sábado, diciembre 01, 2012

Operatic facets: trash, buffo and rosy Romantic

            In just a week, three dissimilar operas have been seen at different venues, two of them being premieres: one was the trashiest I´ve ever seen, "Cachafaz" by Oscar Strasnoy on Copi´s text; the other, a condensed version of a pure example of rosy English Romanticism, "The Bohemian Girl" by Michael Balfe. And there was also a revival of a mid-length buffo opera by Rossini, "L´occasione fa il ladro". 
            Strasnoy is Argentine and lives in Paris; Copi (a pseudonym of Raúl Damonte Taborda) was Uruguayan and lived in Paris. Copi on the one hand was famous for his hermetic cartoons of the Seated Woman; on the other, he wrote several vitriolic pieces of aggressive porn and social criticism. He was gay and died of AIDS; his sexual orientation was made very explicit in his plays. 
            The Argentine theatre has become dirtier and dirtier as well as more and more transgressor in recent decades,   less and less pure as regards the true texts; everything is transmogrified ("versionado"), a trend that I deeply deplore.  But opera had been relatively untouched. I do remember four antecedents: one is a masterpiece of anticapitalism, Weill´s "Rise and fall of the City of Mahoganny" on Brecht´s sardonic  text, and it was justifiably shown in 2002 at the Colón with a mountain of trash as décor. Another is that grotesque opera by Ligeti, "Le Grand Macabre", where the iconoclastic action happens (as seen by La Fura dels Baus) in front or inside a giant doll. The third is Penderecki´s "Ubu Roi", on Jarry´s pioneer surrealistic take on an atrocious dictator. And the fourth was the disastrous Leo Maslíah "Maldoror" on the sulphurous Lautréamont nihilistic original; it included the first time I heard at the Colón a crude blasphemy against God.
         All this was child´s play compared to "Cachafaz", "barbaric tragedy", where the antihero is a two-bit delinquent who lives in a Montevidean "conventillo" with the transvestite La Raulito, his lover. Apart from the crudely explicit sexual talk in "lunfardo", the plot adds massive cannibalism justified because the dwellers are hungry...plus the fact that all those quaintly named "milicos" (they are members of the police) are the victims. In the end both Cachafaz and La Raulito die like immortal lovers...
            We have a tradition in grotesques, from Armando Discépolo to Langsner´s "Esperando la carroza" or Cossa´s "La nona", but none of these insulted the public as "Cachafaz" did (well, a part of it, for the piece was longly applauded, so mine may be a minority report). I found Strasnoy´s tonal music functional, with some interesting instrumental bits, although I wasn´t impressed with two quotes: a long distortion (as an interlude) of Verdi´s Overture to "La Forza del destino", and a short reference to Leporello´s Catalogue aria from Mozart´s "Don Giovanni". The choral music was good (the people of the conventillo interact with the antiheroes).
            The paradox is that this piece of offal was very well put on stage at the Casacuberta as part of the Contemporary Music cycle. Pablo Maritano´s production eluded thankfully being too explicit, the Parisian  Ensemble 2E2M (conducted by Pierre Roullier) was excellent, Pol González (Cachafaz) and Víctor Torres (La Raulito) did their unattractive jobs to perfection, actress Alejandra Flechner was funny as several policemen,  the Coro Diapasón Sur was very accurate. To no avail...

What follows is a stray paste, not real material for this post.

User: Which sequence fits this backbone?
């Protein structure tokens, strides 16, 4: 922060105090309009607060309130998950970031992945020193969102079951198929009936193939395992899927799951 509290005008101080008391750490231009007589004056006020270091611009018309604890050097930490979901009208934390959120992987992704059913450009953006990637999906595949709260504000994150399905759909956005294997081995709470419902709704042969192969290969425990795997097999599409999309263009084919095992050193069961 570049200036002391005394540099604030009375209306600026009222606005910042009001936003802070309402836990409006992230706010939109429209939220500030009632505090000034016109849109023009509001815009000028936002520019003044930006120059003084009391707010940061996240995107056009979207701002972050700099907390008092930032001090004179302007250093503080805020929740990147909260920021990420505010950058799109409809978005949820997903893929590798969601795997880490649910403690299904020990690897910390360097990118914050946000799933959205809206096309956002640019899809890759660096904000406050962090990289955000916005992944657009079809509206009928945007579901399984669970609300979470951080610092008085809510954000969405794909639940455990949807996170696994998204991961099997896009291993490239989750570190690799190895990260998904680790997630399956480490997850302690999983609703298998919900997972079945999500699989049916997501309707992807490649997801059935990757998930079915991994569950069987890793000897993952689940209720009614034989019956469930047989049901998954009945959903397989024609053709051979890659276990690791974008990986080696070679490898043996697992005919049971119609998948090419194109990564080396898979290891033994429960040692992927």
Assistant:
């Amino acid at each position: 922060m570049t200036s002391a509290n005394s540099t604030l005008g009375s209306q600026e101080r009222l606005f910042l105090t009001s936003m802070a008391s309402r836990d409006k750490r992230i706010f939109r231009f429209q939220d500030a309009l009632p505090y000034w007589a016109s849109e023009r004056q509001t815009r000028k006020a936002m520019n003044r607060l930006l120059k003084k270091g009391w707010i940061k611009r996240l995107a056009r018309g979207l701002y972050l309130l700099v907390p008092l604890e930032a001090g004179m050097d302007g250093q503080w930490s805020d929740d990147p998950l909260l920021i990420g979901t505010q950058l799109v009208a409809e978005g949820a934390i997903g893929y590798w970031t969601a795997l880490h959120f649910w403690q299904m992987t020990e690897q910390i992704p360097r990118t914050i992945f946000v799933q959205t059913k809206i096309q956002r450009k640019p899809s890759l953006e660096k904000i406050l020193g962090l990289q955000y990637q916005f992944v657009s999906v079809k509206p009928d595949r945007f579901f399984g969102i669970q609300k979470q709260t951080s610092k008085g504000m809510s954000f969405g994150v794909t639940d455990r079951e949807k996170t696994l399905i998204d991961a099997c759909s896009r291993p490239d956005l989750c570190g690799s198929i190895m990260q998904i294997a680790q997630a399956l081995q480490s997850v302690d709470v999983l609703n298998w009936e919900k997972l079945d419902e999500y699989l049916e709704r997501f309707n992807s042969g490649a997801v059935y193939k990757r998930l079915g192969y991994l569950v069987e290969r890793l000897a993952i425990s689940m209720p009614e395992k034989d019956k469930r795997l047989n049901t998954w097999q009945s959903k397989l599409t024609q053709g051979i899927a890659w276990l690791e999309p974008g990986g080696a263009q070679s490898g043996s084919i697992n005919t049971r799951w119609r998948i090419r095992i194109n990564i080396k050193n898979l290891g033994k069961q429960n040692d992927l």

What a relief to hear the fresh, charming music of Rossini after that. "L´occasione fa il ladro" ("Occasion makes the thief") is an 87-minute light buffo oprea, with an agreeable libretto by Luigi Prividali based on a play by Eugène Scribe. Not a great Rossini, but rather a middle-of-the-range, which is still better than any other buffo of the time. There were two casts (I saw the second) in this presentation of the ISA (the Colón´s Instituto Superior de Arte) at the pleasant Teatro 25 de Mayo. It´s only the second time that this opera is offered in BA (the first was about eleven years ago).
            Javier Logioia Orbe led very nicely the Orquesta Académica, which put its best foot forward. Jorge de Lassaletta´s production was a bit too finicky, but on a good level (though the borrowed costumes and stage elements weren´t positive).The two best singers were tenor Patricio Oliveira and buffo bass Enrique Borlenghi. Constanza Castillo was correct but a bit shrill, Melina Biagetti played her part too much for laughs. Mariano Crosio was rather metallic though exact as Parmenione, and Reinaldo Samaniego did well.  
            Little is known here about Michael Balfe, one of the few good composers in the Britain of the 1840s. Along with Wallace´s "Maritana", Balfe´s "The Bohemian Girl" is full of good tunes in a simple but effective musical language. A very small venue (seats just 70), the Casa Fernández Blanco, presented a young group called OID. We saw a condensed version (50 minutes) with piano. The Alfred Bunn libretto was inspired by Cervantes´ "La Gitanilla".  There was a promising lyric tenor, Matías Klemm, and a disinvolt young soprano, Constanza Díaz Falú, a little raw in high notes; the baritone, Federico Paolella, has to better his vocal emission. The enthusiastic choir is curiously named "Hoy Mejor que Ayer" (Daniel Vallejo, director). María Dubini as producer took advantage of the big staircase and the upper floor. Nicolás Ravelli Barreiro was a rather unclean but dynamic pianist, and Leandro Soldano kept things together as musical director. The General Director was Nicolás Isasi.
For Buenos Aires Herald

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